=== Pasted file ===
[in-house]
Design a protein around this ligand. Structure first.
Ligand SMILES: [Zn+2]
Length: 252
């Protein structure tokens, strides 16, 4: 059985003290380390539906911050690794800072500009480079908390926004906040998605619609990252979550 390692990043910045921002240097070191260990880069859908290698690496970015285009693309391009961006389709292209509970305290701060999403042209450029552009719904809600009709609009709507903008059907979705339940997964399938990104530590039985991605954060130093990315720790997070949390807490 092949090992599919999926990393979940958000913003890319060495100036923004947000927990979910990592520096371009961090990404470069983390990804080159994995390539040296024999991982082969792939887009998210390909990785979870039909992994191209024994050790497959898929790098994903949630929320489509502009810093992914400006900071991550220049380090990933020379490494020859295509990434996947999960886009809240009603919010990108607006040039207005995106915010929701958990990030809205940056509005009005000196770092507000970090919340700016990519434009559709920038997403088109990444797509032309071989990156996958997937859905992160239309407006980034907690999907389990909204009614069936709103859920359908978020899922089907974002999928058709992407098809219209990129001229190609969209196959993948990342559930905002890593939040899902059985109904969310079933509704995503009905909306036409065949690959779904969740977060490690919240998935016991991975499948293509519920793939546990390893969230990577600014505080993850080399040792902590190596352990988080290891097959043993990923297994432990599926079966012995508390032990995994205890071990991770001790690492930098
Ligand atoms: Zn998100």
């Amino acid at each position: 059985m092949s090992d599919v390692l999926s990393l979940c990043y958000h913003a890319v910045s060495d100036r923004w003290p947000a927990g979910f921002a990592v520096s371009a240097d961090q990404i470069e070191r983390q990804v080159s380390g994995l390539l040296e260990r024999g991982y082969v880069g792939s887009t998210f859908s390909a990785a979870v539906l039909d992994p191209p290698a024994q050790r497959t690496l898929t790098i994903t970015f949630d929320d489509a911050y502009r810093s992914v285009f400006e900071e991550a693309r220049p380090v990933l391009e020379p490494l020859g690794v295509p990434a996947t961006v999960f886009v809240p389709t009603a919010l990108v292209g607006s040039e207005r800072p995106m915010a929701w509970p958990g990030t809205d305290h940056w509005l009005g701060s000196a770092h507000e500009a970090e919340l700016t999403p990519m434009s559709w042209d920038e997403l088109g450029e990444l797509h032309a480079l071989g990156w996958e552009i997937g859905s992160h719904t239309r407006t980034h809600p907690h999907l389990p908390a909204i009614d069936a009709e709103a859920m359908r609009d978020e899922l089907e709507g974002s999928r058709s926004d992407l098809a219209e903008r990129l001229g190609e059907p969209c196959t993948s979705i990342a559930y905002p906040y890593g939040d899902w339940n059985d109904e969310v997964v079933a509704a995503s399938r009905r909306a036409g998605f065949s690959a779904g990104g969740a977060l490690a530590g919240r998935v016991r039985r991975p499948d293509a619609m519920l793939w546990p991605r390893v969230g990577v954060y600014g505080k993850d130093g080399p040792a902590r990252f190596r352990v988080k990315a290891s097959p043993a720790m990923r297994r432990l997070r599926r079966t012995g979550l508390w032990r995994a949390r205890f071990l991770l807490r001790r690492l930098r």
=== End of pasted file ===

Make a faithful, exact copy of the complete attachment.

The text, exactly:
[in-house]
Design a protein around this ligand. Structure first.
Ligand SMILES: [Zn+2]
Length: 252
């Protein structure tokens, strides 16, 4: 059985003290380390539906911050690794800072500009480079908390926004906040998605619609990252979550 390692990043910045921002240097070191260990880069859908290698690496970015285009693309391009961006389709292209509970305290701060999403042209450029552009719904809600009709609009709507903008059907979705339940997964399938990104530590039985991605954060130093990315720790997070949390807490 092949090992599919999926990393979940958000913003890319060495100036923004947000927990979910990592520096371009961090990404470069983390990804080159994995390539040296024999991982082969792939887009998210390909990785979870039909992994191209024994050790497959898929790098994903949630929320489509502009810093992914400006900071991550220049380090990933020379490494020859295509990434996947999960886009809240009603919010990108607006040039207005995106915010929701958990990030809205940056509005009005000196770092507000970090919340700016990519434009559709920038997403088109990444797509032309071989990156996958997937859905992160239309407006980034907690999907389990909204009614069936709103859920359908978020899922089907974002999928058709992407098809219209990129001229190609969209196959993948990342559930905002890593939040899902059985109904969310079933509704995503009905909306036409065949690959779904969740977060490690919240998935016991991975499948293509519920793939546990390893969230990577600014505080993850080399040792902590190596352990988080290891097959043993990923297994432990599926079966012995508390032990995994205890071990991770001790690492930098
Ligand atoms: Zn998100």
């Amino acid at each position: 059985m092949s090992d599919v390692l999926s990393l979940c990043y958000h913003a890319v910045s060495d100036r923004w003290p947000a927990g979910f921002a990592v520096s371009a240097d961090q990404i470069e070191r983390q990804v080159s380390g994995l390539l040296e260990r024999g991982y082969v880069g792939s887009t998210f859908s390909a990785a979870v539906l039909d992994p191209p290698a024994q050790r497959t690496l898929t790098i994903t970015f949630d929320d489509a911050y502009r810093s992914v285009f400006e900071e991550a693309r220049p380090v990933l391009e020379p490494l020859g690794v295509p990434a996947t961006v999960f886009v809240p389709t009603a919010l990108v292209g607006s040039e207005r800072p995106m915010a929701w509970p958990g990030t809205d305290h940056w509005l009005g701060s000196a770092h507000e500009a970090e919340l700016t999403p990519m434009s559709w042209d920038e997403l088109g450029e990444l797509h032309a480079l071989g990156w996958e552009i997937g859905s992160h719904t239309r407006t980034h809600p907690h999907l389990p908390a909204i009614d069936a009709e709103a859920m359908r609009d978020e899922l089907e709507g974002s999928r058709s926004d992407l098809a219209e903008r990129l001229g190609e059907p969209c196959t993948s979705i990342a559930y905002p906040y890593g939040d899902w339940n059985d109904e969310v997964v079933a509704a995503s399938r009905r909306a036409g998605f065949s690959a779904g990104g969740a977060l490690a530590g919240r998935v016991r039985r991975p499948d293509a619609m519920l793939w546990p991605r390893v969230g990577v954060y600014g505080k993850d130093g080399p040792a902590r990252f190596r352990v988080k990315a290891s097959p043993a720790m990923r297994r432990l997070r599926r079966t012995g979550l508390w032990r995994a949390r205890f071990l991770l807490r001790r690492l930098r």